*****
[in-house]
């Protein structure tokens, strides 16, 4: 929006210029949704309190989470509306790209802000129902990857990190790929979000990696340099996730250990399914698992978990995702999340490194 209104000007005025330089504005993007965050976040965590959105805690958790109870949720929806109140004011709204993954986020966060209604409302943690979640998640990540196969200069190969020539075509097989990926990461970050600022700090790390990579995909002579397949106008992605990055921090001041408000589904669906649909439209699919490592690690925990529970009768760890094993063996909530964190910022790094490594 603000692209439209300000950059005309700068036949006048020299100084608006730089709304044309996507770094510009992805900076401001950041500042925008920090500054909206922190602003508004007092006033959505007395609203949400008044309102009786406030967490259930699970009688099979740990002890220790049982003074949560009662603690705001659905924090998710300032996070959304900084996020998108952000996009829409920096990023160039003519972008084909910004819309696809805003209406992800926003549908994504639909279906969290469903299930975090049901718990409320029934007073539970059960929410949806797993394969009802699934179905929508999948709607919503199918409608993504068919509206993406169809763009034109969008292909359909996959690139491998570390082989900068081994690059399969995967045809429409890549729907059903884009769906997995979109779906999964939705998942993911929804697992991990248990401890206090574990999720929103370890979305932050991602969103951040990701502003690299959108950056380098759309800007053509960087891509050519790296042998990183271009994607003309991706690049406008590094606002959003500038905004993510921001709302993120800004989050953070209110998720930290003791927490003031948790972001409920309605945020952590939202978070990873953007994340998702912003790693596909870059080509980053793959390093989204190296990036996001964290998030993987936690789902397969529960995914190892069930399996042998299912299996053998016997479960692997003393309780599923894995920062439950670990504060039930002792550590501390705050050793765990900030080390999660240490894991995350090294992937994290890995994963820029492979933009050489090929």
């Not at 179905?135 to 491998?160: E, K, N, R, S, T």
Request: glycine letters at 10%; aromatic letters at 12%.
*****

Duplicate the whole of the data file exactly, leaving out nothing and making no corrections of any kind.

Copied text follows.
[in-house]
């Protein structure tokens, strides 16, 4: 929006210029949704309190989470509306790209802000129902990857990190790929979000990696340099996730250990399914698992978990995702999340490194 209104000007005025330089504005993007965050976040965590959105805690958790109870949720929806109140004011709204993954986020966060209604409302943690979640998640990540196969200069190969020539075509097989990926990461970050600022700090790390990579995909002579397949106008992605990055921090001041408000589904669906649909439209699919490592690690925990529970009768760890094993063996909530964190910022790094490594 603000692209439209300000950059005309700068036949006048020299100084608006730089709304044309996507770094510009992805900076401001950041500042925008920090500054909206922190602003508004007092006033959505007395609203949400008044309102009786406030967490259930699970009688099979740990002890220790049982003074949560009662603690705001659905924090998710300032996070959304900084996020998108952000996009829409920096990023160039003519972008084909910004819309696809805003209406992800926003549908994504639909279906969290469903299930975090049901718990409320029934007073539970059960929410949806797993394969009802699934179905929508999948709607919503199918409608993504068919509206993406169809763009034109969008292909359909996959690139491998570390082989900068081994690059399969995967045809429409890549729907059903884009769906997995979109779906999964939705998942993911929804697992991990248990401890206090574990999720929103370890979305932050991602969103951040990701502003690299959108950056380098759309800007053509960087891509050519790296042998990183271009994607003309991706690049406008590094606002959003500038905004993510921001709302993120800004989050953070209110998720930290003791927490003031948790972001409920309605945020952590939202978070990873953007994340998702912003790693596909870059080509980053793959390093989204190296990036996001964290998030993987936690789902397969529960995914190892069930399996042998299912299996053998016997479960692997003393309780599923894995920062439950670990504060039930002792550590501390705050050793765990900030080390999660240490894991995350090294992937994290890995994963820029492979933009050489090929």
């Not at 179905?135 to 491998?160: E, K, N, R, S, T």
Request: glycine letters at 10%; aromatic letters at 12%.